Partnership with God

    This Fall I taught a Bible class at my local church, along with Kyle Creamer, Nate Underwood, Emily Stutzman Jones (Lipscomb’s Director of Sustainability), Rob Touchstone (founder of the Well Coffeehouse), Tim Catchim (creator of OneLife Ministries), and Ron Block (Alison Krauss & Union Station).

    It was an incredibly rewarding experience, which helped me clarify a lot of my own thinking, and gain valuable insight from the perspectives of others.

    The title of the class was “God’s Family Business” (drawing from Galatians 3-4), and the theme was partnership with God. We took as our text the entire story of scripture, and looked at it through the lens of a God who creates us for partnership, and continually calls us back into partnership with him.

    The story, when told this way, is simple.

    God is revealed as a God who creates and cultivates life, who calls life forth, and takes joy in its appearance. As the culmination of his creative process, he creates a being like himself, and commissions this being to do the same work he does: to create and cultivate life, to name and categorize creation, to fill the world and bring it peace.

    This being is called humanity.

    From its first moments, humanity will partner in the work of God. This is God’s magnificent intention, the thing which brings God ultimate delight — not simply to have created, but to have created a being like himself, a partner and collaborator in the ongoing work of creation.

    If all goes as planned, humanity will spread out into the world, bringing beauty and joy and peace wherever it goes, creating new things, and bringing new life.

    But before long, humanity has broken the partnership, and the world as a whole spirals into violence.

    So God sets out to redeem the world, to rescue it from self-destruction. And he does this by seeking to partner with human beings to enact that redemption. If the problem with the world is that it has broken partnership with God, God will renew the world by renewing this partnership.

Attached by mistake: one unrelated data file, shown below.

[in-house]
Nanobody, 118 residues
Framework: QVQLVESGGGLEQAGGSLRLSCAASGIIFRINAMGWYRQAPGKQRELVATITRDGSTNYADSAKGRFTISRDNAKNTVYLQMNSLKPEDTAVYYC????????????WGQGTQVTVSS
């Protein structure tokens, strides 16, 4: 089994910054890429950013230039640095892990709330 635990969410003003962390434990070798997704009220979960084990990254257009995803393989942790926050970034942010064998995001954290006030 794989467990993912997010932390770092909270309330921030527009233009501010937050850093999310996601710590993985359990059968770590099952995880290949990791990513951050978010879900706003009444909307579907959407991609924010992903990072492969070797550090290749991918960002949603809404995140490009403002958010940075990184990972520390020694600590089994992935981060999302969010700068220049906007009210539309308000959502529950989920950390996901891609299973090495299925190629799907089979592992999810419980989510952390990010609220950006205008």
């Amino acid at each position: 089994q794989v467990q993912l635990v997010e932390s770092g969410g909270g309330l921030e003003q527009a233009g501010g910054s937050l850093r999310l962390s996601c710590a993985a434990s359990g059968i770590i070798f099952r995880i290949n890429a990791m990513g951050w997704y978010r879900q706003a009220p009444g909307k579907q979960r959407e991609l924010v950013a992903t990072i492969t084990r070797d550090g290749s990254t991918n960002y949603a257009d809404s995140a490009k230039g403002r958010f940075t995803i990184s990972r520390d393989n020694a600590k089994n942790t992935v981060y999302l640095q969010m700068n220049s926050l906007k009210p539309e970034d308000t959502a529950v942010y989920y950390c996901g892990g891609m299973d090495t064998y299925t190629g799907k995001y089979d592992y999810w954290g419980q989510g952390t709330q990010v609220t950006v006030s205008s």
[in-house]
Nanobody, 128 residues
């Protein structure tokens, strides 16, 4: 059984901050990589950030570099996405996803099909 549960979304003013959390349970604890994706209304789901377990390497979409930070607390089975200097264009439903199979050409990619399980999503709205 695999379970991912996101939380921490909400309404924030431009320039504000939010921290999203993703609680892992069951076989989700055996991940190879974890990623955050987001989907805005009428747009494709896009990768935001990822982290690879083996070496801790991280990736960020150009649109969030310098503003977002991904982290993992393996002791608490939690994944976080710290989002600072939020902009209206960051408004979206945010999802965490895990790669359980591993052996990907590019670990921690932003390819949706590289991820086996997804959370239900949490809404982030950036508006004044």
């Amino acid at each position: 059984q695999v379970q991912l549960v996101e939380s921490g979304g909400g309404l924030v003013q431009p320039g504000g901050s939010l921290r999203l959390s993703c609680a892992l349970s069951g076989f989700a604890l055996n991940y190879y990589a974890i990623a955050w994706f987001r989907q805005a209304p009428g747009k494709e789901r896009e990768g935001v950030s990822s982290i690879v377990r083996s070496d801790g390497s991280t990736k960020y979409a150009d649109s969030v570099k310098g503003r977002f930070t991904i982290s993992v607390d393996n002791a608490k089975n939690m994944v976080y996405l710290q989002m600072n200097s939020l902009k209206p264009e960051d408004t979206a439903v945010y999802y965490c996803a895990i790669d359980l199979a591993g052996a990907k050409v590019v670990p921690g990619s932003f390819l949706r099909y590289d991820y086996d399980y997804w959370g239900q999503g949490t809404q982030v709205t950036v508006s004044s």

So God calls Noah to save the world by constructing a giant technological artifact. And in doing so, Noah partners with God, and fulfills the original human commission to cultivate life—rescuing not just human beings, but animal life as well.

    God has worked redemption by renewing the partnership between God and humans. The Bible calls that partnership “covenant”, and it comes up again and again in the Biblical story.

    When humans break partnership, God sets out to redeem them by renewing that partnership—with groups, nations, individuals.

    But ultimately, every attempt at partnership is broken. And so finally, God sends his Son.

    Jesus Christ is the ultimate partnership between God and humanity. In his body, he is the organic unity of the human and the divine. He himself is the New Covenant, the new agreement which reconciles God and humanity, sealing the partnership permanently.

    As such, he is the ultimate human. All the intentions and aspirations of God for the human race are finally culminated in him. He does not exercise the rights and authority of God (Philippians 2:6), but the possibility and potential of humanity living up to its true nature.

    And that is vast indeed. God had given humanity charge of all creation (Genesis 1, Psalm 8), and yet, according to the author of Hebrews, humanity had still only glimpsed a small part of what they had been given charge over—which even included the world to come (Hebrews 2:5-8).

    And because Christ was in full partnership with God, everything that humans had inherited went to him.

    If that was all there was to the story, the rest of us might be out of luck. Until Christ, humanity had been unable to maintain partnership with God. And though Christ had achieved this perfect partnership and unity, things still did not bode well for the rest of the world.